• Burleigh, Nina (2003). The Stranger and the Statesman : James Smithson, John Quincy Adams, and the Making of America's Greatest Museum, The Smithsonian. New York, N.Y.: Morrow. ISBN 0-06-000241-7 (hbk.). 
  • Ewing, Heather (2007). The Lost World of James Smithson : Science, Revolution, and the Birth of the Smithsonian. [USA]: Bloomsbury. ISBN 1596910291 (hbk.). 
  • Goode, George Brown (ed.) (1897). The Smithsonian Institution, 1846–1896 : The History of its First Half Century. Washington, D.C.: [s.n.].  Reprinted as Goode, George Brown (ed.) (1980). The Smithsonian Institution, 1846–1896. New York, N.Y.: Arno Press. ISBN 0405125844. 
  • Gurney, Gene ([1964]). The Smithsonian Institution, a Picture Story of its Buildings, Exhibits, and Activities. New York, N.Y.: Crown. 
  • Karp, Walter ([1965]). The Smithsonian Institution; an Establishment for the Increase & Diffusion of Knowledge among Men. [Washington, D.C.]: Smithsonian Institution. 
  • Rhees, William Jones (comp. & ed.) (1901). The Smithsonian Institution : Documents Relative to its Origin and History, 1835–1889. Washington, D.C.: G.P.O.  Reprinted as Rhees, William Jones (ed.) (1980). The Smithsonian Institution, 1835–1899 (2 vols.). New York, N.Y.: Arno Press. ISBN 0405125836. 

External links

Persondata
NAME James Smithson
ALTERNATIVE NAMES Jacques Louis Macie; James Lewis Macie, James Louis Macie Smithson
SHORT DESCRIPTION British mineralogist and chemist who left a bequest in his will to the USA which was used to initially fund the Smithsonian Institution
DATE OF BIRTH 1765
PLACE OF BIRTH Paris, France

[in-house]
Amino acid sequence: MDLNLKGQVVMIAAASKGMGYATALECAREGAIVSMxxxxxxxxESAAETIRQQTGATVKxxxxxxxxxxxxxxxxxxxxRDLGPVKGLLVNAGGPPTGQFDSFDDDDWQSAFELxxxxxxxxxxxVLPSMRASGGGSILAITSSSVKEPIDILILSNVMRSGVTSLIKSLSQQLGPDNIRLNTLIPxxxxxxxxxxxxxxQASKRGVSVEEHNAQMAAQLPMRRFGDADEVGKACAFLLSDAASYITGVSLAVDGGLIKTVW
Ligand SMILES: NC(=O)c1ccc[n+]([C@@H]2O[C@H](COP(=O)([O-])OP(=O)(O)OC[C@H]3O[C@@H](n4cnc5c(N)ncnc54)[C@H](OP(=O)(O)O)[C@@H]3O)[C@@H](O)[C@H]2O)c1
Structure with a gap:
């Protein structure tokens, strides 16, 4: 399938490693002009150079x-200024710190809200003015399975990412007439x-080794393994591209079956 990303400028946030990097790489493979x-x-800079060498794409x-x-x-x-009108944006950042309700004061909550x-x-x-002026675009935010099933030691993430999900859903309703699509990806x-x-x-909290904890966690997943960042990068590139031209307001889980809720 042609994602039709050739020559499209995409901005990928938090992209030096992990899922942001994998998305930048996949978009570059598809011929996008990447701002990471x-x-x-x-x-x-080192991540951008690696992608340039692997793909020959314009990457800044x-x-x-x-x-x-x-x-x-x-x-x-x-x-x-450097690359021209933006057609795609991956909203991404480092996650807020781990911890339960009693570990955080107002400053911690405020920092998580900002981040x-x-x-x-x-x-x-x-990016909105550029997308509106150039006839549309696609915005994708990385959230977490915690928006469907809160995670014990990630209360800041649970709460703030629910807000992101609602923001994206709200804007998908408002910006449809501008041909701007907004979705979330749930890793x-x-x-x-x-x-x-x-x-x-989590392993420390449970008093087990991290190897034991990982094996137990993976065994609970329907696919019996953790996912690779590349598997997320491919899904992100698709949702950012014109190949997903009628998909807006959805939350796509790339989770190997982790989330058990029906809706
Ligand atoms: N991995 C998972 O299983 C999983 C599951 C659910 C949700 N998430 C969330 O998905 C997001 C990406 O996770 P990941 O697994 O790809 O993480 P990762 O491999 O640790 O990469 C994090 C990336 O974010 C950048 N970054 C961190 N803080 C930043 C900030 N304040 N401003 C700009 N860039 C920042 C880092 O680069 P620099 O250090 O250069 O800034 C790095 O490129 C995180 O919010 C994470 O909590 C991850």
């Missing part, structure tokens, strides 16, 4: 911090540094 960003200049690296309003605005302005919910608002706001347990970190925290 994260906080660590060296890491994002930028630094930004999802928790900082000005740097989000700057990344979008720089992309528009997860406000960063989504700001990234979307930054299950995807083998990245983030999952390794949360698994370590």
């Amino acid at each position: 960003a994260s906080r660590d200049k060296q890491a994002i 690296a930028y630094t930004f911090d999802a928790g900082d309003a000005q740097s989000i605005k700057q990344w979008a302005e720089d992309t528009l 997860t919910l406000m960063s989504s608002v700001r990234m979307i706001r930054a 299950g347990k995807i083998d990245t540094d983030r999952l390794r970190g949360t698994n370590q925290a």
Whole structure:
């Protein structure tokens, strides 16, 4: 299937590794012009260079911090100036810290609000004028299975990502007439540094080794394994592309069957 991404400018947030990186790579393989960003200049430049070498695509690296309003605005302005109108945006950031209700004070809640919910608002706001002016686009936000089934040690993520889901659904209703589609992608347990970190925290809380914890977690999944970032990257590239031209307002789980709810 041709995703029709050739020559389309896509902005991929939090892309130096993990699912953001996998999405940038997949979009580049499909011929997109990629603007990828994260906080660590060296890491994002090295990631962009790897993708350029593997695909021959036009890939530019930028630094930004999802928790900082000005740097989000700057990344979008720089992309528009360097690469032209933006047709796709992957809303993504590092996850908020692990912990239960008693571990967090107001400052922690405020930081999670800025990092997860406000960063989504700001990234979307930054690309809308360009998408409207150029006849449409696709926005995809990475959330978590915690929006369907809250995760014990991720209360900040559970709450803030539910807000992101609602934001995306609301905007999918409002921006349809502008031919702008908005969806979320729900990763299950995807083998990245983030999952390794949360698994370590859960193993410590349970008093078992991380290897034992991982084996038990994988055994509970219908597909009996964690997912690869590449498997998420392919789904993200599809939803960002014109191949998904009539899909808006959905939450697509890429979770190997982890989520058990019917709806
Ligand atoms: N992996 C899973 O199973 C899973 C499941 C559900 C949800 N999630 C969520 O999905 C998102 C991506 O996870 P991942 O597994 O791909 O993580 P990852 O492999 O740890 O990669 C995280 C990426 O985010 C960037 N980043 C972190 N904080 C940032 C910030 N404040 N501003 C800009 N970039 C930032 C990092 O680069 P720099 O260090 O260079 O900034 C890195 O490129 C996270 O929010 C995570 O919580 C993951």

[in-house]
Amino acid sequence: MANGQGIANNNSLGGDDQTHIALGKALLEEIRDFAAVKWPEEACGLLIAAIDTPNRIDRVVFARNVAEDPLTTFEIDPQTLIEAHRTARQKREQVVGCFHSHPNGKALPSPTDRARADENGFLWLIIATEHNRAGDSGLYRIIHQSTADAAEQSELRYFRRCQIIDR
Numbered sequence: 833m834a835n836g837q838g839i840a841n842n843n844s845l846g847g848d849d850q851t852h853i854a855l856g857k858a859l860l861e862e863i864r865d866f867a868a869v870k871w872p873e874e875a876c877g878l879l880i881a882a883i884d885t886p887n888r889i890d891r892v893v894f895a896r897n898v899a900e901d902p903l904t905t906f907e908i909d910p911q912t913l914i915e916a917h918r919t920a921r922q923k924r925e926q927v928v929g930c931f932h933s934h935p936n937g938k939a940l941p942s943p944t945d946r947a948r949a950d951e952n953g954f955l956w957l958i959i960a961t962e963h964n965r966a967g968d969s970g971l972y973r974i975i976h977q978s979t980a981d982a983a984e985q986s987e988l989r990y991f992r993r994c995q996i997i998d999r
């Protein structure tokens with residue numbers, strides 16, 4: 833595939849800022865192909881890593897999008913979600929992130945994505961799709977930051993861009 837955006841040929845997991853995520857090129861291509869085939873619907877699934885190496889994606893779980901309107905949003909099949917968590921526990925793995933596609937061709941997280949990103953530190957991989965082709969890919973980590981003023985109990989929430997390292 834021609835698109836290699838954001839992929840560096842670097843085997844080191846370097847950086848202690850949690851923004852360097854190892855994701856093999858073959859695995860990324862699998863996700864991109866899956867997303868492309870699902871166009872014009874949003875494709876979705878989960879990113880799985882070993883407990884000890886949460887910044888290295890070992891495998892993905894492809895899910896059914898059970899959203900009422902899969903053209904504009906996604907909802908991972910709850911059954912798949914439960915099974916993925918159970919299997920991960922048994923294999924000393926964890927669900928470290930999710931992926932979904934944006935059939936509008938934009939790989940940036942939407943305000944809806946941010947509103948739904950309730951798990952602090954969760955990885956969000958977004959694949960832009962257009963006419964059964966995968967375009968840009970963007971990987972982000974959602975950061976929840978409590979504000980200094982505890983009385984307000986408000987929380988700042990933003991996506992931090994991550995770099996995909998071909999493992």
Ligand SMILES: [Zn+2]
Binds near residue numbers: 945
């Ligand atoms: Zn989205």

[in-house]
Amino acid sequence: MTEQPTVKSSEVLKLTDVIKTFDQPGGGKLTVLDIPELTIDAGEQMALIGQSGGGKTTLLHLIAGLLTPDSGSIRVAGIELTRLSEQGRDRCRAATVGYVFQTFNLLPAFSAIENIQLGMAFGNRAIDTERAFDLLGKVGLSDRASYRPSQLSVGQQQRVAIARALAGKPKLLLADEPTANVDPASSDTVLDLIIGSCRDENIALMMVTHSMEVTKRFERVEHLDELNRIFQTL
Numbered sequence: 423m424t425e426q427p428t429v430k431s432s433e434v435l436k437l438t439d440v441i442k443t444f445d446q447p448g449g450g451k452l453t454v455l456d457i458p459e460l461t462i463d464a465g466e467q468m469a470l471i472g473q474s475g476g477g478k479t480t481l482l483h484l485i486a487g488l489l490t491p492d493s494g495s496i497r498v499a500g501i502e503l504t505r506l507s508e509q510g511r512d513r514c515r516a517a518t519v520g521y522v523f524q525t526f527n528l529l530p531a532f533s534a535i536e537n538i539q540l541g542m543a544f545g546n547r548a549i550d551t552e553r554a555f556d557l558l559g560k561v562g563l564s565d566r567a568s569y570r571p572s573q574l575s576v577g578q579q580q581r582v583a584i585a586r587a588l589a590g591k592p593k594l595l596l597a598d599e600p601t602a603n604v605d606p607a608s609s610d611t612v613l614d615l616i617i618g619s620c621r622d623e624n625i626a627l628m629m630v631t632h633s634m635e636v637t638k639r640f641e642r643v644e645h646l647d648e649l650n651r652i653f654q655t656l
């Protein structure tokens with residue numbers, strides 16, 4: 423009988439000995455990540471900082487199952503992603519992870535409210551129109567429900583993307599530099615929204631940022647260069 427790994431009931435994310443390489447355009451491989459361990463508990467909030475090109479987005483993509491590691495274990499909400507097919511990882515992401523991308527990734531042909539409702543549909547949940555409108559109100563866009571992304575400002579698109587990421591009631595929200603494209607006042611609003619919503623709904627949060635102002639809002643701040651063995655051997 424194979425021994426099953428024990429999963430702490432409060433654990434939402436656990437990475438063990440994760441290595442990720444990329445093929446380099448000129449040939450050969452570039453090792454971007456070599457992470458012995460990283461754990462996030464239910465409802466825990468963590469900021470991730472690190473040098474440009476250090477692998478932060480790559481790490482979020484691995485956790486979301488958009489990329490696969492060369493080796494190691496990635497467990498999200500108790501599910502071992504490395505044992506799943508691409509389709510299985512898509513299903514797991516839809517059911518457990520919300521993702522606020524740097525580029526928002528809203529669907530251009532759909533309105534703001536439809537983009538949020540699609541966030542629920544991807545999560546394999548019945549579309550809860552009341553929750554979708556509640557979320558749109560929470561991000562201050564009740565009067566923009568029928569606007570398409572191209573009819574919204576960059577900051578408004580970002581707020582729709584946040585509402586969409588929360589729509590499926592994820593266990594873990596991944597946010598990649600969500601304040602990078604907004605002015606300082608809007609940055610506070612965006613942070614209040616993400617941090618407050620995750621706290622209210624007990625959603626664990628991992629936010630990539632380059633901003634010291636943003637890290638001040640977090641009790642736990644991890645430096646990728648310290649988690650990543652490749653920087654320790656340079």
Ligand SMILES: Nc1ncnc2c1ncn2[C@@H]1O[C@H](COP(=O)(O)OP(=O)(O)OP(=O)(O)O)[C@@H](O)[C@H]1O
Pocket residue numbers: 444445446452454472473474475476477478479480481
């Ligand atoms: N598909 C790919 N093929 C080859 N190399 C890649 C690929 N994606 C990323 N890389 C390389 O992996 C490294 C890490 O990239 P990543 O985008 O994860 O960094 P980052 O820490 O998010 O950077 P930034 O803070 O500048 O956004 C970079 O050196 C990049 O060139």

DATE OF DEATH 27 June 1829
PLACE OF DEATH Genoa, Liguria, Italy
Mineralogy is an earth science that involves the chemistry, crystal structure, and physical (including optical) properties of minerals. ... A chemist pours from a round-bottom flask. ... The Smithsonian Institution Building or Castle on the National Mall serves as the Institutions headquarters. ... Year 1765 (MDCCLXV) was a common year starting on Tuesday (link will display the full calendar) of the Gregorian calendar (or a common year starting on Saturday of the 11-day slower Julian calendar). ... This article is about the capital of France. ... is the 178th day of the year (179th in leap years) in the Gregorian calendar. ... Johann Wolfgang von Goethe 1829 was a common year starting on Thursday (see link for calendar). ... For other uses, see Genoa (disambiguation). ... Liguria is a coastal region of north-western Italy, the third smallest of the Italian regions. ...

  Results from FactBites:
 
James Smithson - Wikipedia, the free encyclopedia (598 words)
James Smithson, FRS, MA (1765 – June 27, 1829) was a British mineralogist and chemist noted for having left a bequest in his will to the United States of America, which was used to fund the Smithsonian Institution.
James Smithson was the illegitimate son of Sir Hugh Smithson, later known as Sir Hugh Percy, Baronet, 1st Duke of Northumberland, K.G., and Elizabeth Hungerford Keate, and was born in 1765 in France.
Smithson died in 1829, in the Italian city of Genoa, and his body was interred in a tomb in the Protestant Cemetery there.
  More results at FactBites »